Joe Turner
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Looking back

Whilst the previous five chapters examine the adaption of colonial rule in Britain through family/borders, chapter 7 turns to practices of contestation and resistance. It draws from bell hooks’s provocation that ‘looking back’ was always/already a central strategy against racist subjugation historically and continues today – even in the face of insurmountable violence. Whilst focused primarily on visuality, this offers reflections on how various struggles contest the colonial politics of mobility, family, borders more broadly and how we can think this relationship differently. The chapter proposes three different ways of ‘looking back’: resistance, escape and decolonial aesthesis. Whilst all offer powerful challenges to the colonial power of borders and family, decolonial aesthesis, linked to a broader decolonial politics, offers important lessons for how we might think family and love other than with empire and colonial hierarchies of the human.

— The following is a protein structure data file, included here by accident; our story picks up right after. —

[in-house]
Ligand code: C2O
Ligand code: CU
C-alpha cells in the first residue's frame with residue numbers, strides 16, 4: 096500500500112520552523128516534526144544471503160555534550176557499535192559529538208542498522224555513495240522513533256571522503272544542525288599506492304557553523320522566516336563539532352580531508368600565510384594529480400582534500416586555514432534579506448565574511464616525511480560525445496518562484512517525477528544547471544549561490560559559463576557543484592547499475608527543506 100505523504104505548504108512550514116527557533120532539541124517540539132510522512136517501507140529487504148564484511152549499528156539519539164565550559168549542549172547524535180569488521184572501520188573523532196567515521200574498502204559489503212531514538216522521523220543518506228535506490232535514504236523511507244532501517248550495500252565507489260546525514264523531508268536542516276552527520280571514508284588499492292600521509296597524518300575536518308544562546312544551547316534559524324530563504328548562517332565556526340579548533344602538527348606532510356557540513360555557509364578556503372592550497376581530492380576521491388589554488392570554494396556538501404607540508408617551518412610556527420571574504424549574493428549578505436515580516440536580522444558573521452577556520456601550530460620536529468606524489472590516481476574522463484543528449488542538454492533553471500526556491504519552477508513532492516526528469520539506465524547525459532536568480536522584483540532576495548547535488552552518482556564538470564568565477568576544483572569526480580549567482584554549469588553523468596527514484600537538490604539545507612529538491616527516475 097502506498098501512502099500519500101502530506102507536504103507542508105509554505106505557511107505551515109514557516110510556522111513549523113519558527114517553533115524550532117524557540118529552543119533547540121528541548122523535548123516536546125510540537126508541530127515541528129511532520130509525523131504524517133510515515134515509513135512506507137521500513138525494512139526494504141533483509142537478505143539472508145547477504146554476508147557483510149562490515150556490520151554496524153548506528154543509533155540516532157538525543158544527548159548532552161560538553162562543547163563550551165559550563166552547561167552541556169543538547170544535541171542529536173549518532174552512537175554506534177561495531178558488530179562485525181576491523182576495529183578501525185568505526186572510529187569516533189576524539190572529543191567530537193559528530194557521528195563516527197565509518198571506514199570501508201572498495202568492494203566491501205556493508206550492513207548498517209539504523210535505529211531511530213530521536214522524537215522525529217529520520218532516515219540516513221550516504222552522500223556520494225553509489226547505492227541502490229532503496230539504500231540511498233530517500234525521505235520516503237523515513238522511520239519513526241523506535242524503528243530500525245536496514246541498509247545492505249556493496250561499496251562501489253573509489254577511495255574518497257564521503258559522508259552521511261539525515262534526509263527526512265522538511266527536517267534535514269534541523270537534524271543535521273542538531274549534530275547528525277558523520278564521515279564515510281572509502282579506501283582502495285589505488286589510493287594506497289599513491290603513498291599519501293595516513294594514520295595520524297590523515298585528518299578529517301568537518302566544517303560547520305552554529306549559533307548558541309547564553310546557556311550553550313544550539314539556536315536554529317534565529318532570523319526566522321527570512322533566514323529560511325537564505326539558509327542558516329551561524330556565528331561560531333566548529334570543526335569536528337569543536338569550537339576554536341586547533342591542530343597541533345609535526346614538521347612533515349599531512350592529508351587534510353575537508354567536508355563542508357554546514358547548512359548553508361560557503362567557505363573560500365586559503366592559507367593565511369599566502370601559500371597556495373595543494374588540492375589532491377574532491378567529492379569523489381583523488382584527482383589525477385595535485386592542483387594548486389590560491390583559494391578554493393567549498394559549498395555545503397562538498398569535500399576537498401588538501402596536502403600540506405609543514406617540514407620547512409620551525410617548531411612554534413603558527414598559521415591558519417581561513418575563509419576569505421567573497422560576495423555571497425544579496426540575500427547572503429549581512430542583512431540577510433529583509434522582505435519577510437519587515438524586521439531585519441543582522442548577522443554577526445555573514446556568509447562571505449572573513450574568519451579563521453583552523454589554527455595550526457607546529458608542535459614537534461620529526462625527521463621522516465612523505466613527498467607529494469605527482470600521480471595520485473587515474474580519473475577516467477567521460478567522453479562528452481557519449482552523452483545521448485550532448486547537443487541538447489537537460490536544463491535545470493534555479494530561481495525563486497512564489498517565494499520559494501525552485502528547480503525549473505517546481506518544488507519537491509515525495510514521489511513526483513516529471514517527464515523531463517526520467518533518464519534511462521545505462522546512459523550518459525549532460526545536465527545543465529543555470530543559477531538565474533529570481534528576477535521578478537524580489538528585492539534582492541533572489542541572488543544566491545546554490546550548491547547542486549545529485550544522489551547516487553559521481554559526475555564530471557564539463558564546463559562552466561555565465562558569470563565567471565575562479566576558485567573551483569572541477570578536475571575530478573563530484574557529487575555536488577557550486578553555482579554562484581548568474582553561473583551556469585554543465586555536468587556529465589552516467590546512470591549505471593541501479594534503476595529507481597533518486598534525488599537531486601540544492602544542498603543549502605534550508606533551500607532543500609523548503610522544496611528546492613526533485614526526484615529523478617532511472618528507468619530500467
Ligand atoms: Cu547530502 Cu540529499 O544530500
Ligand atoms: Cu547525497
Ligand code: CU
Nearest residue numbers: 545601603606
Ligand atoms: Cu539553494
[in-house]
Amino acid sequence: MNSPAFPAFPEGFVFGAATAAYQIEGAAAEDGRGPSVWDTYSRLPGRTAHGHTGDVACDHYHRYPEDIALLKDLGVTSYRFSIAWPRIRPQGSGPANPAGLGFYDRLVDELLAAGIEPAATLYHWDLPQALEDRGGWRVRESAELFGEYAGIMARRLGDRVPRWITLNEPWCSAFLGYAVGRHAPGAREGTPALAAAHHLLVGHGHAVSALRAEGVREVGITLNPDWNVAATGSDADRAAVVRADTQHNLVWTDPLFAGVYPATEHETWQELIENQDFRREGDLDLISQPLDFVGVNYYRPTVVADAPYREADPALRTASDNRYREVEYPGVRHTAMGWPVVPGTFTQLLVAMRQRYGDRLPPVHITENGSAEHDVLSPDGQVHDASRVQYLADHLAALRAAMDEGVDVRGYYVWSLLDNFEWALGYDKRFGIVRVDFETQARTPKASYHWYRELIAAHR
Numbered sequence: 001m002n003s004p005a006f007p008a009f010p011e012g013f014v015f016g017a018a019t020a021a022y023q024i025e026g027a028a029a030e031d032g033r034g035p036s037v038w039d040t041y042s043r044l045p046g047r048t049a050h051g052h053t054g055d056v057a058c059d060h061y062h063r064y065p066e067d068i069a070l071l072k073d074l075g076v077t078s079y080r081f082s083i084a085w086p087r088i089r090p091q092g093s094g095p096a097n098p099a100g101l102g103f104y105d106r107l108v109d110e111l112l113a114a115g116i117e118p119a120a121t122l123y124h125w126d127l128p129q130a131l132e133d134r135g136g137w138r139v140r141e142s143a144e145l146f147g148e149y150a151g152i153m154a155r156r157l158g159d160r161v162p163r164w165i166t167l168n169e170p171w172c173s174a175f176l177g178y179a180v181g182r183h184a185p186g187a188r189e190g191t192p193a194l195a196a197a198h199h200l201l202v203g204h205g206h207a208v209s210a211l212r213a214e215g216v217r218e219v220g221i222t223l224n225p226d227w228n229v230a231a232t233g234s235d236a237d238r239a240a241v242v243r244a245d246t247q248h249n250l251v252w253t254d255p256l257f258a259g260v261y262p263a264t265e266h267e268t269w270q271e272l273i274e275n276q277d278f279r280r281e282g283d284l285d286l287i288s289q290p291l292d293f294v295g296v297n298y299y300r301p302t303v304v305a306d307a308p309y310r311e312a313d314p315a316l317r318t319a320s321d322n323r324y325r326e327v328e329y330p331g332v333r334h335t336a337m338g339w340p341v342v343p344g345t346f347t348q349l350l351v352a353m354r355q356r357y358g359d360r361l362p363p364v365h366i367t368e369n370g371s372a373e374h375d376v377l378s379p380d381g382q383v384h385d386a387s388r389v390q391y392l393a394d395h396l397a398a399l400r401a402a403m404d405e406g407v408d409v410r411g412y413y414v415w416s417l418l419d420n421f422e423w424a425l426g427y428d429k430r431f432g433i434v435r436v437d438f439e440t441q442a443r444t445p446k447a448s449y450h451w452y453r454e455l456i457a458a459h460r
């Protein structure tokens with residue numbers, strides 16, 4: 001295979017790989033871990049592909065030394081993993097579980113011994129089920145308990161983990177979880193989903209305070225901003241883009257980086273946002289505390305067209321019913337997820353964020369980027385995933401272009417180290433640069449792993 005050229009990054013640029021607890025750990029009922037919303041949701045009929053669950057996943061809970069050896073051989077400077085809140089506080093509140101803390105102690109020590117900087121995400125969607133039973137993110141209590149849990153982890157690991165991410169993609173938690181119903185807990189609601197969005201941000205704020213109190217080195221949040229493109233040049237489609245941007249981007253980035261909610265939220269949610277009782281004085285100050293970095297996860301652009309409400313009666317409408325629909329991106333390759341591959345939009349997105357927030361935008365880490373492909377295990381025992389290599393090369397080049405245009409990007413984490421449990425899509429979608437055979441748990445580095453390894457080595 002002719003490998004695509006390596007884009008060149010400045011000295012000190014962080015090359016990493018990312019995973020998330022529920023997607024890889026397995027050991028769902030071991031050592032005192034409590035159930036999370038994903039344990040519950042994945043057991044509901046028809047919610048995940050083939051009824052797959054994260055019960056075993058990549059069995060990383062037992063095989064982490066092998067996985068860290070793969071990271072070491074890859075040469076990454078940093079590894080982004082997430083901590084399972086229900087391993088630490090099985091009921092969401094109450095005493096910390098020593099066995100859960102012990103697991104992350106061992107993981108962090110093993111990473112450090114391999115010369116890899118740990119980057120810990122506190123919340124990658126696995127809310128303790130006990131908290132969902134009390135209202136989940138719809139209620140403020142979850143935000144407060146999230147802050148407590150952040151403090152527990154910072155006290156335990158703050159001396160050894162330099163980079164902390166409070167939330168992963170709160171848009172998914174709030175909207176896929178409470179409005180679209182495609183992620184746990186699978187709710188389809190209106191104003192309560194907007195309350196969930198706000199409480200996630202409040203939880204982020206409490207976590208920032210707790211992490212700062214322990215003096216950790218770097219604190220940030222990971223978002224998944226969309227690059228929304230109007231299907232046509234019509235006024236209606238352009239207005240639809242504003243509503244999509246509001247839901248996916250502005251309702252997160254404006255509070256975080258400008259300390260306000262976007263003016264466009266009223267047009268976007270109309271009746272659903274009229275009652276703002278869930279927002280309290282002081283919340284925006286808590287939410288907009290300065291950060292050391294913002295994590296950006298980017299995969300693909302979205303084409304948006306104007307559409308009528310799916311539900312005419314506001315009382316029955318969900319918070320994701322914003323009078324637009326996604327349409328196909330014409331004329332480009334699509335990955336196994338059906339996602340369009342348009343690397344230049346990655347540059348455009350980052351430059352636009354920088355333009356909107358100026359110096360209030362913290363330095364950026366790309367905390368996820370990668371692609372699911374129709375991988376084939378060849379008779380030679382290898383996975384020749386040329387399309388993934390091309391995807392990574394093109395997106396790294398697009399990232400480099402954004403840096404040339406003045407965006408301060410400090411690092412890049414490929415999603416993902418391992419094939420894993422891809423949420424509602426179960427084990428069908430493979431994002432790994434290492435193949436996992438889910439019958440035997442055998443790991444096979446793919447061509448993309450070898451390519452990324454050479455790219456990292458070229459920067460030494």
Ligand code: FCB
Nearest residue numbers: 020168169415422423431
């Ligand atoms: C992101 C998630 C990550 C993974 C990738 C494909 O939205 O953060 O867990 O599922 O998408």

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Bordering intimacy

Postcolonial governance and the policing of family


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